Who will be our next big crossover martial-arts hero? Jackie Chan just turned 60, Jet Li is in a state of pseudo-retirement, Donnie Yen never really hit it big in the U.S., and Stephen Chow seems more interested in directing of late. There’s the intense and gifted Iko Uwais of The Raid movies, whose future bankability remains to be seen, and don’t count out Scott Adkins, the Brit who starred in the last, awesome Universal Soldier film. And then there’s Tony Jaa, who seemed ready to take over the mantle of International Ass-Kicking Superstar with his no-frills 2003 hit Ong-Bak, which saw him landing blows and breaking spines with such raw force that it seemed like a terrifying new era of no-holds-barred, no-strings action was being borne before our very eyes.
The ensuing years, however, haven’t quite borne out that early promise. What once felt like stripped-down, no-nonsense filmmaking in Ong-Bak started to feel just plain sloppy in its sequels. And now comes The Protector 2 (also called Tom Yung Goong 2), a sequel to Jaa’s 2005 film, which saw him as an elephant protector who fought poachers, gangsters, and extreme fighters using a style of “elephant boxing” developed specifically for the film. The earlier film did decent business in the U.S., so the sequel is a big-budget international co-production that features RZA (who else?) playing a bad guy and even some native-shot 3-D action scenes. But if you thought the higher profile might have prompted Jaa to up his game, prepare to be disappointed.
Maybe part of the problem is the tone, which attempts to be a lot friendlier than Jaa’s earlier films. His character Kham is an animal lover who likes to spend his time teaching village kids the basics of elephant boxing, much to their parents’ concern. Then, a bunch of goons try to buy Kham’s elephant, whom he treats like a brother. He refuses, but they take the animal anyway. As Kham tries to find his beloved pachyderm, he uncovers a sordid conspiracy involving a gangster (RZA) who likes to stage private fights and who plans to disrupt an upcoming peace conference Thailand is hosting. (That’s what the elephant’s for, apparently.)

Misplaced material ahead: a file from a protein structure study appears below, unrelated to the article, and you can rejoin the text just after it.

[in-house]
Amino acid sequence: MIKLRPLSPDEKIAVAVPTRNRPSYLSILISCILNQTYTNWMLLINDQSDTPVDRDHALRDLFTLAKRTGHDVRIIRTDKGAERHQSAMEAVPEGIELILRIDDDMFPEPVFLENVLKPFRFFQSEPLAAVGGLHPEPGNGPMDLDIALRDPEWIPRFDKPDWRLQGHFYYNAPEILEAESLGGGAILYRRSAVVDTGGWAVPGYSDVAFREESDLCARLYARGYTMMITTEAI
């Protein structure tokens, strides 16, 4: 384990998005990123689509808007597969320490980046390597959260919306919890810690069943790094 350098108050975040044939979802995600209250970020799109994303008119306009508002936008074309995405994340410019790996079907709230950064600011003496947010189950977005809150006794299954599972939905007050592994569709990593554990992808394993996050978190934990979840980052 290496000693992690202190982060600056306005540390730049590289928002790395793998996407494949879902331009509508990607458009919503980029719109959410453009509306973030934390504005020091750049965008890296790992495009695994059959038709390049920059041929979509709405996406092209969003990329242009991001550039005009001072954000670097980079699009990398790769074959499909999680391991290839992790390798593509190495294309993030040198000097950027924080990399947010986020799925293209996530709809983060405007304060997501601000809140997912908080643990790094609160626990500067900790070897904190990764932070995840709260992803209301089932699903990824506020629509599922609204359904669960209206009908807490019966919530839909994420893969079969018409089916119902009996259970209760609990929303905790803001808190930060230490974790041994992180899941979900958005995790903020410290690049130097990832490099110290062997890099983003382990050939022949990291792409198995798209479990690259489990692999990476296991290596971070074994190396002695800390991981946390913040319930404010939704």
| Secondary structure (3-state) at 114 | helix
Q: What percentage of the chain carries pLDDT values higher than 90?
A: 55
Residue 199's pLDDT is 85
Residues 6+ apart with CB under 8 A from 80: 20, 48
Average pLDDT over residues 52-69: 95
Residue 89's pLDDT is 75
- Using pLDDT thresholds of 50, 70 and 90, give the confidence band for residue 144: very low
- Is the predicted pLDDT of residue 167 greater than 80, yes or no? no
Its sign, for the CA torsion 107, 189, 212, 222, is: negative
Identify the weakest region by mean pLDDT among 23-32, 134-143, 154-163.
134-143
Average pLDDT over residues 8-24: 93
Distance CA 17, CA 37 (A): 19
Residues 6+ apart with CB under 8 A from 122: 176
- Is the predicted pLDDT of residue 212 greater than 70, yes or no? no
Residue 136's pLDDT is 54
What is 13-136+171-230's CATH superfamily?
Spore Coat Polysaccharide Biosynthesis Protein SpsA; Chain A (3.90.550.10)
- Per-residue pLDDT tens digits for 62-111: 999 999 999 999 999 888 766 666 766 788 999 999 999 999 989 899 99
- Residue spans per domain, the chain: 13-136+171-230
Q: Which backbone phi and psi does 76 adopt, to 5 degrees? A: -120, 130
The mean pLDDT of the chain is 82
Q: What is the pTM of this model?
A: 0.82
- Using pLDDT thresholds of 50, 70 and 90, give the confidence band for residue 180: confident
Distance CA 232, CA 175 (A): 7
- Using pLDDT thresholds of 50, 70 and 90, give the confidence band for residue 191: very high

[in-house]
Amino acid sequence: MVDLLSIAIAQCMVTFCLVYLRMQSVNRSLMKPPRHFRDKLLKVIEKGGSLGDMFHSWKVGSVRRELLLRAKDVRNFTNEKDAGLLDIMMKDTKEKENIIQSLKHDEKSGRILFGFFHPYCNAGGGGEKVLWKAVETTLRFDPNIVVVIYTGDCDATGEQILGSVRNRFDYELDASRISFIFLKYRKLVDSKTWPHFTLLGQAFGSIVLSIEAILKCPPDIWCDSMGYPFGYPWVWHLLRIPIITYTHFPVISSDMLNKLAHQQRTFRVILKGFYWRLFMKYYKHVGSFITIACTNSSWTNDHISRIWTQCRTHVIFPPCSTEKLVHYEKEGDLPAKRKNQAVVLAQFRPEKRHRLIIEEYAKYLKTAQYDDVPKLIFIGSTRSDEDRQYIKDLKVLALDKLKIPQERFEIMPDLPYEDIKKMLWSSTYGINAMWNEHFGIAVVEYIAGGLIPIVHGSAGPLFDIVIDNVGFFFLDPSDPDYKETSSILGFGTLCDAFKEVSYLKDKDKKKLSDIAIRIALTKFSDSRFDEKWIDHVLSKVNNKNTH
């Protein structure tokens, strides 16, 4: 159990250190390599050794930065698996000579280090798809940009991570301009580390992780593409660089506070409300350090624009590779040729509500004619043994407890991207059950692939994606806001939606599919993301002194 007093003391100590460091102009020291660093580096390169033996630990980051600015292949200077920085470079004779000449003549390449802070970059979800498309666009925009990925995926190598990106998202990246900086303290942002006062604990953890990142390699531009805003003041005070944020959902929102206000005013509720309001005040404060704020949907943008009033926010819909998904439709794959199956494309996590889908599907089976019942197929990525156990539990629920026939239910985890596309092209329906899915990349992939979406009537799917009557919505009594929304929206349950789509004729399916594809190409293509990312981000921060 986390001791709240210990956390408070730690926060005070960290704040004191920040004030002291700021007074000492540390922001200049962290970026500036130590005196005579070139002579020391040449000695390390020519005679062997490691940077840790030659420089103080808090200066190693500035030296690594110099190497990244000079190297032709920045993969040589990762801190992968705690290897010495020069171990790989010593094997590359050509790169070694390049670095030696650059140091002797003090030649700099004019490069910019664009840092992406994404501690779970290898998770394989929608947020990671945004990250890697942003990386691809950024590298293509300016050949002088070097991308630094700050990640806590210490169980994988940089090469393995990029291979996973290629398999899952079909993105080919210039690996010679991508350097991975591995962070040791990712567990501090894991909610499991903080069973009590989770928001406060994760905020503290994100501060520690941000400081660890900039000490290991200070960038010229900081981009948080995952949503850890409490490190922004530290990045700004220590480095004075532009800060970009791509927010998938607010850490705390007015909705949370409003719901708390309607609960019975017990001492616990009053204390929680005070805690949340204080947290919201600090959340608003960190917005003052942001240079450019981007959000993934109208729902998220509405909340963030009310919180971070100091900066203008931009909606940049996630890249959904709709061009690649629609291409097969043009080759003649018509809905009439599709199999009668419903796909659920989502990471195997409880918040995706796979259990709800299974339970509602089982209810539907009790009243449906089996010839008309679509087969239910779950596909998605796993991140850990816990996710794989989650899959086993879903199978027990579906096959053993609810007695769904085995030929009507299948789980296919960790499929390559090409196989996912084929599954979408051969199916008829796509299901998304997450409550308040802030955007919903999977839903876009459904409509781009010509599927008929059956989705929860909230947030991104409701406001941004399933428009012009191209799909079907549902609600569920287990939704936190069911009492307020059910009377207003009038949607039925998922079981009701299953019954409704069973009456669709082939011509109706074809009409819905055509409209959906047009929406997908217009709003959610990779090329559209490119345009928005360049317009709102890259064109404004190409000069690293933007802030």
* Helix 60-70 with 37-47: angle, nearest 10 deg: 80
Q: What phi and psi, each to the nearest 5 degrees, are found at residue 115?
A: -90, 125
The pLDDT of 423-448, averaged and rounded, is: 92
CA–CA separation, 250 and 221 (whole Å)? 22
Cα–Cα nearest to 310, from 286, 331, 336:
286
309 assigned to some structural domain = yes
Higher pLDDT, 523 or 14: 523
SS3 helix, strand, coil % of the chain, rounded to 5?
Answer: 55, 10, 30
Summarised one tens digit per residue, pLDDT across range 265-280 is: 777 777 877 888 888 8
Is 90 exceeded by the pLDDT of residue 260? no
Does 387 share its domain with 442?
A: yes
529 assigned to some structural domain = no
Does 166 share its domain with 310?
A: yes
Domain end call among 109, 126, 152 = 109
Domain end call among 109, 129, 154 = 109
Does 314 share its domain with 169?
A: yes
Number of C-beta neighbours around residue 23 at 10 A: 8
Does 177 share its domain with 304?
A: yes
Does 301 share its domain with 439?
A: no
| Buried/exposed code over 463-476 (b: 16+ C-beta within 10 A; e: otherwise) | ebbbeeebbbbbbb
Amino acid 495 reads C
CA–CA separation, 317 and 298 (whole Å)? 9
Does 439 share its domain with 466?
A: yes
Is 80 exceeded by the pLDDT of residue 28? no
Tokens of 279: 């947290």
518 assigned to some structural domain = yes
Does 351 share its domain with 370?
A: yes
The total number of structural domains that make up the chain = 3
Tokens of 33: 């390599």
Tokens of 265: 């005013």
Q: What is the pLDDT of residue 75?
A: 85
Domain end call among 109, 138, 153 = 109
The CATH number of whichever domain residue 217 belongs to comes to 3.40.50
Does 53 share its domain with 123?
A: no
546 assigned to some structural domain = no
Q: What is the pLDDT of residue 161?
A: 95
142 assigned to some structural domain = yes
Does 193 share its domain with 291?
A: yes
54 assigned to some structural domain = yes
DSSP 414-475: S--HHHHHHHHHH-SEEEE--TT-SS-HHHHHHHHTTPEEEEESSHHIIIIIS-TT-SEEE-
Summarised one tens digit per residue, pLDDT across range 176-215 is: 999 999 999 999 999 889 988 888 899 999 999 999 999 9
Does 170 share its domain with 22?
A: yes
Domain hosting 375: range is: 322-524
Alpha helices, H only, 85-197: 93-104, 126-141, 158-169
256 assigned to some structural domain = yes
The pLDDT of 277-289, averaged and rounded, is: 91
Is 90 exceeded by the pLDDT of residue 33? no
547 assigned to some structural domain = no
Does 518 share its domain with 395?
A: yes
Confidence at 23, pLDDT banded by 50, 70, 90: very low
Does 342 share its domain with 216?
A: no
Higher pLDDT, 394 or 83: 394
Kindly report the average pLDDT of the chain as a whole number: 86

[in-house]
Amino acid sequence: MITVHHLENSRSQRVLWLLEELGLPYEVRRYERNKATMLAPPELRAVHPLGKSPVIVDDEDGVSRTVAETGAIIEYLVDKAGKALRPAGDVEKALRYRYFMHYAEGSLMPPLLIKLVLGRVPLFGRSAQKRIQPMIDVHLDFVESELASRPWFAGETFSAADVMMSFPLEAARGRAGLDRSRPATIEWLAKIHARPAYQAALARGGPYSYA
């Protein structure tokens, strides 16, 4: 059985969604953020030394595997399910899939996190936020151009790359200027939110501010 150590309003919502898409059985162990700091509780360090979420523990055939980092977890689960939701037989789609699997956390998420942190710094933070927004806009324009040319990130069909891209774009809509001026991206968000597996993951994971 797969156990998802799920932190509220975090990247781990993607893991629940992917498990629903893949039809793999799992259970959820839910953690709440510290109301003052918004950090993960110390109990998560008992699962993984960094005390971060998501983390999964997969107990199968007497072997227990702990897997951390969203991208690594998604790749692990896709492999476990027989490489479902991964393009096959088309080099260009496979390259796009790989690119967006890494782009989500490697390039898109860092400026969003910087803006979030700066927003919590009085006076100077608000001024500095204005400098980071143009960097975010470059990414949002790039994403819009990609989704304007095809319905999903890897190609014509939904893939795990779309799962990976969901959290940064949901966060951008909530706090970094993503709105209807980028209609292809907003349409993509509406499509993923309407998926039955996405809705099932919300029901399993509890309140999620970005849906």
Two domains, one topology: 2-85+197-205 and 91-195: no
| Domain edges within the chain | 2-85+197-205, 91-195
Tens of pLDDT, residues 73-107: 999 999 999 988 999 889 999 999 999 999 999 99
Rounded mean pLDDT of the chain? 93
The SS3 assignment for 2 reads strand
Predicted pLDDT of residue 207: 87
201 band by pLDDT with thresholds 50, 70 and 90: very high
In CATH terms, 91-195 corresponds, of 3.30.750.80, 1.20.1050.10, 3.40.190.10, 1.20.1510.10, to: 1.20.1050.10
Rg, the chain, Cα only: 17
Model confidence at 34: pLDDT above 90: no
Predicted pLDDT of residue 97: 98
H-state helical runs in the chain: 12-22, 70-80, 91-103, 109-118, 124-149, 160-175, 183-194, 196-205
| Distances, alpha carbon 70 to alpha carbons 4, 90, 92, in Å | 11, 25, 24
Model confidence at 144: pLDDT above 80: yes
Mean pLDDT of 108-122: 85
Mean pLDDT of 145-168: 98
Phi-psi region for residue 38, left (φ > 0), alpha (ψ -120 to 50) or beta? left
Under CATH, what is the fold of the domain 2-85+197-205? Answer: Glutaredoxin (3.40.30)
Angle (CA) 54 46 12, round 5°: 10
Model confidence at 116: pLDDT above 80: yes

It could have been goofy fun, surely. Kham may remind you of one of the lovable oddballs Jackie Chan liked to play. But Jaa, while earnest, doesn’t have Chan’s comic timing or impish spirit, or even his whirling-dervishlike energy. He seems out of place in a film that wants to be all about speed. At one point, he’s chased by a small army of mopeds, and has an elaborate bit of fun with some mopeds as they go through a roof. It’s the kind of scene that a guy like Chan or Jet Li would have milked for maximum humor, keeping themselves and their bewildered and frenzied reactions front and center. Here, it feels patched together, a combination of wide shots and extremely poor CGI effects.
The Protector 2 is also so fragmented, so careless with its narrative, that scenes seem to randomly jut up against each other. Kham’s journey doesn’t require him to do any detective work or anything remotely cerebral. He just shows up at the bad guys’ lair. Which, again, could all be fine — if the action were up to par. Even that aforementioned cruddy CGI might have been okay if the F/X work was being used to render impossible creatures or wild, surreal environments (as they were in Stephen Chow’s deliciously artificial Journey to the West). But the CGI is being used for stunts, which seems to run totally counter to the no-wires, no-stunt-doubles ethos that Jaa established earlier on in his career. Slipshod and tiresome, The Protector 2 is more than a misfire, it’s a betrayal.